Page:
Continuing Community Conversations

             It occurred to me that a major advantage of public service is the training and experience in actual public administration by city/county employees, who have at least the expectation of loyalty to the citizens they “serve.” A private contractor only has loyalty to its investors, reinforced by the demands and expectations of capitalism itself. Screw the Public! What’s your bottom line? Intimate knowledge of the nuts & bolts of running a city & supervising its employees can be called the “muscle” of a community, or at least as long as the city pols are responsible to that community. By outsourcing those skills, they weaken their grip and betray the community.

And it shows in our community.

Bingo’s city fathers apparently consider their community as a pre-capitalist Feoff, (property given by a lord to a vassal in return for service) with inherited rights of Mortmain (perpetual ownership) for them, the rest of the population of Villeins (peasants) being subject to Tallage (a tax) at the will of their betters.

-Jim Amory


My family lives on disability and a teacher’s salary. My wife received no raise this year from the school district and I saw only a marginal COLA for the 3rd time in 5 years from the Federal Government. Those COLA’s did not come close to covering inflation on food & fuel alone. This is NOT public/private partnership as Broome County Executive Debbie Preston and Chair of the BCIDA would have the County citizens believe: This is Neo-Feudalism! We are living in a feudal County where the Akels’ & Newmans’ are the Royalty and we, Broome County citizens, are their Serfs. Maybe it’s time to grab some pitchforks and torches and start storming the Castle!”

-Broome County resident and taxpayer.


Until the 1980s, corporate CEOs were paid, on average, 30 times what their typical worker was paid. Since then, CEO pay has skyrocketed to 280 times the pay of a typical worker; in big companies, to 354 times. Meanwhile, over the same 30 year time span the median American worker has seen no pay increase at all, adjusted for inflation. Even though the pay of male workers continues to outpace that of females, the typical male worker between the ages of 25 and 44 peaked in 1973 and has been dropping ever since. Since 2000, wages of the median male worker across all age brackets has dropped 10%, after inflation. As a result, a good chunk of women’s increased salaries, according to Betty Friedan, can be explained by men’s decreasing wage.

This growing divergence between CEO pay and that of the typical American worker isn’t just wildly unfair. It’s also bad for the economy. It means most workers these days lack the purchasing power to buy what the economy is capable of producing — contributing to the slowest recovery on record. Meanwhile, CEOs and other top executives use their fortunes to fuel speculative booms followed by busts.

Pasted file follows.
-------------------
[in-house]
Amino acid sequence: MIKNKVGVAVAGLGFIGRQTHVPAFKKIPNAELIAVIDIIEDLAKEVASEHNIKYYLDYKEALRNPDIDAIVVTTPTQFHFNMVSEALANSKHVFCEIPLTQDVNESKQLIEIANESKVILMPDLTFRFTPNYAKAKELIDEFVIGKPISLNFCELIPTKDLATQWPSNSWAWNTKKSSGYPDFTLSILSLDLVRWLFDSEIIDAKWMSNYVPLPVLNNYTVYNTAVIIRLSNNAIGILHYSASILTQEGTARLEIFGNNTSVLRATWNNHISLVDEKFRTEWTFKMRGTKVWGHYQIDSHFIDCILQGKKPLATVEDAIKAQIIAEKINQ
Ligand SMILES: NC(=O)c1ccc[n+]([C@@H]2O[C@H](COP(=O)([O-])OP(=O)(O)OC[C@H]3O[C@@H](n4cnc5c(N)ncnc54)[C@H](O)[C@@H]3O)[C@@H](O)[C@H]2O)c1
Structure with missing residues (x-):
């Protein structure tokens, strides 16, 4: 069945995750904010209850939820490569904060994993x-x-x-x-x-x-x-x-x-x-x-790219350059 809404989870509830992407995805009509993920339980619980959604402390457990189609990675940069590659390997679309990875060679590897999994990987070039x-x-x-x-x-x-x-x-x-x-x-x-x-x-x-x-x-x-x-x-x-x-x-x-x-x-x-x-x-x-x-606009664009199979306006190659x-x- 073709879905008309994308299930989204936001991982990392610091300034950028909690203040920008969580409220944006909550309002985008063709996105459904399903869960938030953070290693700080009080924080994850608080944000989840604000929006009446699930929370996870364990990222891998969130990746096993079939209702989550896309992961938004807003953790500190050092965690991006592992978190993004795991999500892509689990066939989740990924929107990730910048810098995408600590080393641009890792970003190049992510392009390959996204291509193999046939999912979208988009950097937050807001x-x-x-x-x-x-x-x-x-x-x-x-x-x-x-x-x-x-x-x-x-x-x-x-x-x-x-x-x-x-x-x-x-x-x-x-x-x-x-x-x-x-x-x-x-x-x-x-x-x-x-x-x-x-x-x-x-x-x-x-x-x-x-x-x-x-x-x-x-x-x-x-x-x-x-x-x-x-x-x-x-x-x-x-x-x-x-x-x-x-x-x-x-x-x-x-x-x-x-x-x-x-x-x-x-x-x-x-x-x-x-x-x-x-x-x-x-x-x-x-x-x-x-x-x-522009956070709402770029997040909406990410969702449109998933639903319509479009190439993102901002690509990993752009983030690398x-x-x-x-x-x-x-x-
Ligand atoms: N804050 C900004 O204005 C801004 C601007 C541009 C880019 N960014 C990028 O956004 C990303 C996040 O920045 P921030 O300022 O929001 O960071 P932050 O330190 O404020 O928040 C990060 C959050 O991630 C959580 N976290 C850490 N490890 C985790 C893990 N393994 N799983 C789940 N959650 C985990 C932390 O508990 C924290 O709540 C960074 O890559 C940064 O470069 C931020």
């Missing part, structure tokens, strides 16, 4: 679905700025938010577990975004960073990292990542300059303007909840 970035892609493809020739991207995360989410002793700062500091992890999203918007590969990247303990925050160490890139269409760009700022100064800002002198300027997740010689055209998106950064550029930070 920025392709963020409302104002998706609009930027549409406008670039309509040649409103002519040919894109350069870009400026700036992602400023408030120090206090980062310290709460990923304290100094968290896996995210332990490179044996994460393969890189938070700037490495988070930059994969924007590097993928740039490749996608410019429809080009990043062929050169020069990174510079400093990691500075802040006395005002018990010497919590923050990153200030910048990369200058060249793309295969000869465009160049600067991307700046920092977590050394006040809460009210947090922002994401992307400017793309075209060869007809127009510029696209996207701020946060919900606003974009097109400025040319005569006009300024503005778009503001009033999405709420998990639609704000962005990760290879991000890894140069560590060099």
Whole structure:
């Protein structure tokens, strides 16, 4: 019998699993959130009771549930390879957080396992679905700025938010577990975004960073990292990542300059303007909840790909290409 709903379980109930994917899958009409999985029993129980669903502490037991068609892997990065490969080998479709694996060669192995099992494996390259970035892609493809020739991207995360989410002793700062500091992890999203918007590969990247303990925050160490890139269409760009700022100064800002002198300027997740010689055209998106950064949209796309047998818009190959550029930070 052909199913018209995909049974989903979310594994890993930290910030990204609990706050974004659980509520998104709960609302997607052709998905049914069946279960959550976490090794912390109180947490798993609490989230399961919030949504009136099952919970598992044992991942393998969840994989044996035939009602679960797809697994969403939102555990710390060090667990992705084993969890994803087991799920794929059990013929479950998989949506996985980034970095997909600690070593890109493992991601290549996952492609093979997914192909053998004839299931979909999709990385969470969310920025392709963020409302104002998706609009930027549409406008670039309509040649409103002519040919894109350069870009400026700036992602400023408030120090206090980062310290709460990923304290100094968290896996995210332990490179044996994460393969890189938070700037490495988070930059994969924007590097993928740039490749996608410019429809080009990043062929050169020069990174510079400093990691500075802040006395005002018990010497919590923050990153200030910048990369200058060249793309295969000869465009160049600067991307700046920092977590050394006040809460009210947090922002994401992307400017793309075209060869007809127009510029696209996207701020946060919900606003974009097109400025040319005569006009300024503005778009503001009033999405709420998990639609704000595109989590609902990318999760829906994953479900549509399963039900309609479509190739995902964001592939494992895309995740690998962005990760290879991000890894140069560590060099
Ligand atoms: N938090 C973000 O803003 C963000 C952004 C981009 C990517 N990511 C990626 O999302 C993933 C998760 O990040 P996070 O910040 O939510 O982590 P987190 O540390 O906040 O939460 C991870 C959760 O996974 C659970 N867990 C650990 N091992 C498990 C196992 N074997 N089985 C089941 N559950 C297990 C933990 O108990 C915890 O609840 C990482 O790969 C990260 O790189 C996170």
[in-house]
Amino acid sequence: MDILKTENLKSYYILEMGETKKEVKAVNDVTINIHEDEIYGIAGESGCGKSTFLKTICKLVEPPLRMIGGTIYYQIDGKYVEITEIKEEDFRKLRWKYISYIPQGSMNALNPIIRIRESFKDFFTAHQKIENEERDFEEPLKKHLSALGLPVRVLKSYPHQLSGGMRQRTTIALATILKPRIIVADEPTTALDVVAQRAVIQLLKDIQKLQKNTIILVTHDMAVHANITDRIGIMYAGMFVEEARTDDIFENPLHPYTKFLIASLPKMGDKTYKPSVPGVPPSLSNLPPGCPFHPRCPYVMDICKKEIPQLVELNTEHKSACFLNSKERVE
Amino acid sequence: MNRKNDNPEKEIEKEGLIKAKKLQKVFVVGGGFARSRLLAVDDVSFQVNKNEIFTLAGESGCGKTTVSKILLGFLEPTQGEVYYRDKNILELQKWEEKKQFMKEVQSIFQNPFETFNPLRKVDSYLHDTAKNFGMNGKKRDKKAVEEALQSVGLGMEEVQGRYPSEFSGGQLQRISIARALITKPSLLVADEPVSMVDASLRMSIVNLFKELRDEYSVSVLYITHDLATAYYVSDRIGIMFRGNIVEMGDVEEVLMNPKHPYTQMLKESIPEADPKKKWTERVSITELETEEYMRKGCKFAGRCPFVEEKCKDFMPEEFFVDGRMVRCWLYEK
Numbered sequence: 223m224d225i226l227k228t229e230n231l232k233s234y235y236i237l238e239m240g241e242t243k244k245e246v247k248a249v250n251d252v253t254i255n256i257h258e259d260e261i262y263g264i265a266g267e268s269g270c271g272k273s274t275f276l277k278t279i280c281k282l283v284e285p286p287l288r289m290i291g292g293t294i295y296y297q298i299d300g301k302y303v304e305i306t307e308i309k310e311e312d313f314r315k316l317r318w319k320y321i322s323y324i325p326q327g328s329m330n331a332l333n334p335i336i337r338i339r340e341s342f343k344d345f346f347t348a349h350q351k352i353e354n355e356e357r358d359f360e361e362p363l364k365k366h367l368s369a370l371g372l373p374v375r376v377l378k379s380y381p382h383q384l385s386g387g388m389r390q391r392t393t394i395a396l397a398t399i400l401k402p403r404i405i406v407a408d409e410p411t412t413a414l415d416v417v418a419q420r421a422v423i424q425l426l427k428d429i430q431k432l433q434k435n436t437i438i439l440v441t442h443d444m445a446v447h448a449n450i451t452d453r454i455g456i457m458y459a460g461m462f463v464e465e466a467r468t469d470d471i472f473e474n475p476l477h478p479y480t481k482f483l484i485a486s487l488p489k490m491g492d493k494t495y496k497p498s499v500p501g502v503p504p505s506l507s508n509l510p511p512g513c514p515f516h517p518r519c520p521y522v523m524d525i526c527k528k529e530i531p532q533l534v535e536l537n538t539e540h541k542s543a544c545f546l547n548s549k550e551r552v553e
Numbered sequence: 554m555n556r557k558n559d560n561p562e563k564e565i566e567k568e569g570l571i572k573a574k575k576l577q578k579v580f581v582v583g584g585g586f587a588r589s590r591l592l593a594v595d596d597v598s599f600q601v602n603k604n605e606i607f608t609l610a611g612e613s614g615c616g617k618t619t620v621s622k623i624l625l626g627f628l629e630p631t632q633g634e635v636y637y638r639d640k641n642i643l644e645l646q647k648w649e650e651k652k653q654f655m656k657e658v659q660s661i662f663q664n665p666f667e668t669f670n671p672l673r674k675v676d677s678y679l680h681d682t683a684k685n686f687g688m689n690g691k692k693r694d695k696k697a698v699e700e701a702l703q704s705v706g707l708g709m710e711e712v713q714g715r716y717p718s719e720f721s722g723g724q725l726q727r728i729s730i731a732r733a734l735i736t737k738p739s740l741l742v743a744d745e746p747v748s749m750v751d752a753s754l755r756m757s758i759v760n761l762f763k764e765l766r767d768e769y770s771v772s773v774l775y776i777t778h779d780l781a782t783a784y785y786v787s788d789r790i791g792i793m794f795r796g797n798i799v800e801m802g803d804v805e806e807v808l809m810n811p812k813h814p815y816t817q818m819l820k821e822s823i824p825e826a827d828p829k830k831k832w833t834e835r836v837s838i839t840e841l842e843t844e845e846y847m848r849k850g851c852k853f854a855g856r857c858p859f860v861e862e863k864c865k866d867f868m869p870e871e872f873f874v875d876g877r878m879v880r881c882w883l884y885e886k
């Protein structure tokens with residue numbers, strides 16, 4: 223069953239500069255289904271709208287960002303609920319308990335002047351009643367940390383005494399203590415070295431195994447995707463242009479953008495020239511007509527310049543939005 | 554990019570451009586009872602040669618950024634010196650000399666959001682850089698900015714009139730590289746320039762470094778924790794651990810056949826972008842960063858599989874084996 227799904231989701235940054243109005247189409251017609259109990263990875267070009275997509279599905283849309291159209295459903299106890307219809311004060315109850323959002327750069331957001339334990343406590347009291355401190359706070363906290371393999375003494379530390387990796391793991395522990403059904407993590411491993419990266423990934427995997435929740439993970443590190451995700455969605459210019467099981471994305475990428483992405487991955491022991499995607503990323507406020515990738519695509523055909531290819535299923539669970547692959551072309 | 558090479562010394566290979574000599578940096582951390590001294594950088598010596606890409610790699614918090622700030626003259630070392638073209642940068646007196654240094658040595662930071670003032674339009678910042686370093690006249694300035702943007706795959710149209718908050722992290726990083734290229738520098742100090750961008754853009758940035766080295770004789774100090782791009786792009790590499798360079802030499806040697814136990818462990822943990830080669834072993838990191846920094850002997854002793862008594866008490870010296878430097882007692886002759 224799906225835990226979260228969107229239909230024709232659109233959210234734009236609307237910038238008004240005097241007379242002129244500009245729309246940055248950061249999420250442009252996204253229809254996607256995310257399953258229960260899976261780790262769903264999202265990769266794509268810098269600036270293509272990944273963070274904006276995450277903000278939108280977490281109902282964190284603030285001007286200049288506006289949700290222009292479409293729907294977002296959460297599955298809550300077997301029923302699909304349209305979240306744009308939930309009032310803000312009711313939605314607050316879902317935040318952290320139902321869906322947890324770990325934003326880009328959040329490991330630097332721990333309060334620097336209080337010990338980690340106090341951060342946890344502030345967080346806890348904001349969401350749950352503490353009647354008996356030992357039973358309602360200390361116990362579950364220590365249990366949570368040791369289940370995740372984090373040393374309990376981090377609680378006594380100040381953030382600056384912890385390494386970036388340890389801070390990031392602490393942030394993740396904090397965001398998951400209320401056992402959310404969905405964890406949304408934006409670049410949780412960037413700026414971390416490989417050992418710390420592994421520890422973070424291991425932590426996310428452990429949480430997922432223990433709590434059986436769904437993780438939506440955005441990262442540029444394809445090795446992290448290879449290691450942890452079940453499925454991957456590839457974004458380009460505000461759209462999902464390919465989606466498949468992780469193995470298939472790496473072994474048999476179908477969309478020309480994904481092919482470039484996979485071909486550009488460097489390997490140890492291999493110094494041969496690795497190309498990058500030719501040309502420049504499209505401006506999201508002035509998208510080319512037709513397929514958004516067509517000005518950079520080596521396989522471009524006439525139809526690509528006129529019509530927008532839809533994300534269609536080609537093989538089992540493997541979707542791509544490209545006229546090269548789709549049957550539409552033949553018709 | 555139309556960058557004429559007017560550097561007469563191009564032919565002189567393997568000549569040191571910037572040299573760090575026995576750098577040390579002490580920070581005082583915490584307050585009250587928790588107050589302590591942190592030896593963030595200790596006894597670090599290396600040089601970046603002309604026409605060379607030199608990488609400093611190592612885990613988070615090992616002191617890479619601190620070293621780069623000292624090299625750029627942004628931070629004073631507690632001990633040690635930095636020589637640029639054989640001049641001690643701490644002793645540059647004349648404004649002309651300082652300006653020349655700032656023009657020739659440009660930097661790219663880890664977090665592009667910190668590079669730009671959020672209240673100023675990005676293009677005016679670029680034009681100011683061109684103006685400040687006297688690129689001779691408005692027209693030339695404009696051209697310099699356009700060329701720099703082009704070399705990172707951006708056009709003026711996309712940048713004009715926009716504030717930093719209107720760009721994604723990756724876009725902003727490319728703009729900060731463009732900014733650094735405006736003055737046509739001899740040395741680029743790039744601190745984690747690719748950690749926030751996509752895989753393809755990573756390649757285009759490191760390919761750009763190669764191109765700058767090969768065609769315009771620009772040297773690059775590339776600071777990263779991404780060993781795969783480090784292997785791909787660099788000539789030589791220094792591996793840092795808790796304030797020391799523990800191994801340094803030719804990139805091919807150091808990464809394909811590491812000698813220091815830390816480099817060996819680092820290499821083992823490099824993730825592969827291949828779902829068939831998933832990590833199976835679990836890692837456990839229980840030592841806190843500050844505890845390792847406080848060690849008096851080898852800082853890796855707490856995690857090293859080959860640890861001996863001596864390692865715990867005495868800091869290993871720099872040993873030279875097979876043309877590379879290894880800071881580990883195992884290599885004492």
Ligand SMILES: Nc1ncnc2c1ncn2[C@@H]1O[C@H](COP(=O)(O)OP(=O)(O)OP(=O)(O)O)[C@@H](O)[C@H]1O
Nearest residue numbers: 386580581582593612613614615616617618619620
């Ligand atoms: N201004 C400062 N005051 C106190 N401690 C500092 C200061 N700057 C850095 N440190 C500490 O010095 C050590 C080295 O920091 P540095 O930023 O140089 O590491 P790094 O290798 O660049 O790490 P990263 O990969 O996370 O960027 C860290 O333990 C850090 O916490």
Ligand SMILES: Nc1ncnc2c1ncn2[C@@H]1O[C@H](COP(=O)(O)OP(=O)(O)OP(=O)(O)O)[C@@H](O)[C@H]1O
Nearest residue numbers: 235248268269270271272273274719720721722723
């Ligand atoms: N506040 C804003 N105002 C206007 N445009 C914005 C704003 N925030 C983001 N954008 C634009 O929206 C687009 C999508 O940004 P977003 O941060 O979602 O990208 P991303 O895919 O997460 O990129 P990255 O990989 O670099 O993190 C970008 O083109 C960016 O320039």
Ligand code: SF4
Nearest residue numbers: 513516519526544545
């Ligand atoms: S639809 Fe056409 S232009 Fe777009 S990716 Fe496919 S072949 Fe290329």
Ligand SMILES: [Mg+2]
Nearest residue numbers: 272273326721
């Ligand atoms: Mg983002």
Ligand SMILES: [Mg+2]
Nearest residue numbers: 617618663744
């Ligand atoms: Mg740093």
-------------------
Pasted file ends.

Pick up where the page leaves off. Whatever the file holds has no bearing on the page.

I applied for food stamps in 2013. My partner was out of work and my salary is a mere $15,000 a year. Due to the car that my parents gave us and my pay schedule, we were denied. We tried, as any sensible family would, to get public assistance in a time of crisis. We were found to be ineligible. OK, fine. But does that mean that the benefits denied to me figured into the so-called $11 million savings for Broome County? How is my continued poverty a savings for Broome County? I guess Broome County thinks everyone who exercises their right to apply for welfare benefits and gets denied has just tried to defraud them! In this calculation every resident is a potential criminal and a liability, not a citizen.   And if you treat people like criminals and liabilities, you can’t treat them as citizens!

-Unaware Attempted Defrauder


I was excited to hear the Working Families Party (WFP) finally did something good and forced Gov. 1% to publicly support a minimum wage increase to $10.30. Before we celebrate and the current momentum dies off we must remember two things: a minimum wage increase requires Democratic takeover of the Senate (not terribly likely) and that $10.30, while are good start, are still just crumbs from the masters table! The increase will not happen until after a new Senate is sworn in, no way no how. And if the minimum wage increase does happen, we cannot stop actively engaging concerns of low-wage workers! Low-wage workers need unions to force consistent wage increase, not just when it’s politically possible in Albany. Furthermore, a wage increase is not going to protect workers’ health, force employers to pay overtime, get good health coverage, and demand regular work schedules. If and when the minimum wage goes up, which I hope is soon, WE HAVE TO KEEP PUSHING FORWARD. Wages are only part of the demand, and, as it turns out, the easiest and most politically feasible option. Cuomo hopes that by supporting $10.30 he can keep low-wage workers from demanding and getting real representation in their work places. His support of the minimum wage increase is an attempt to co-opt and take the winds out of our sails. We cannot let ourselves be stopped! Low-wage workers need unions, not just $10.30!






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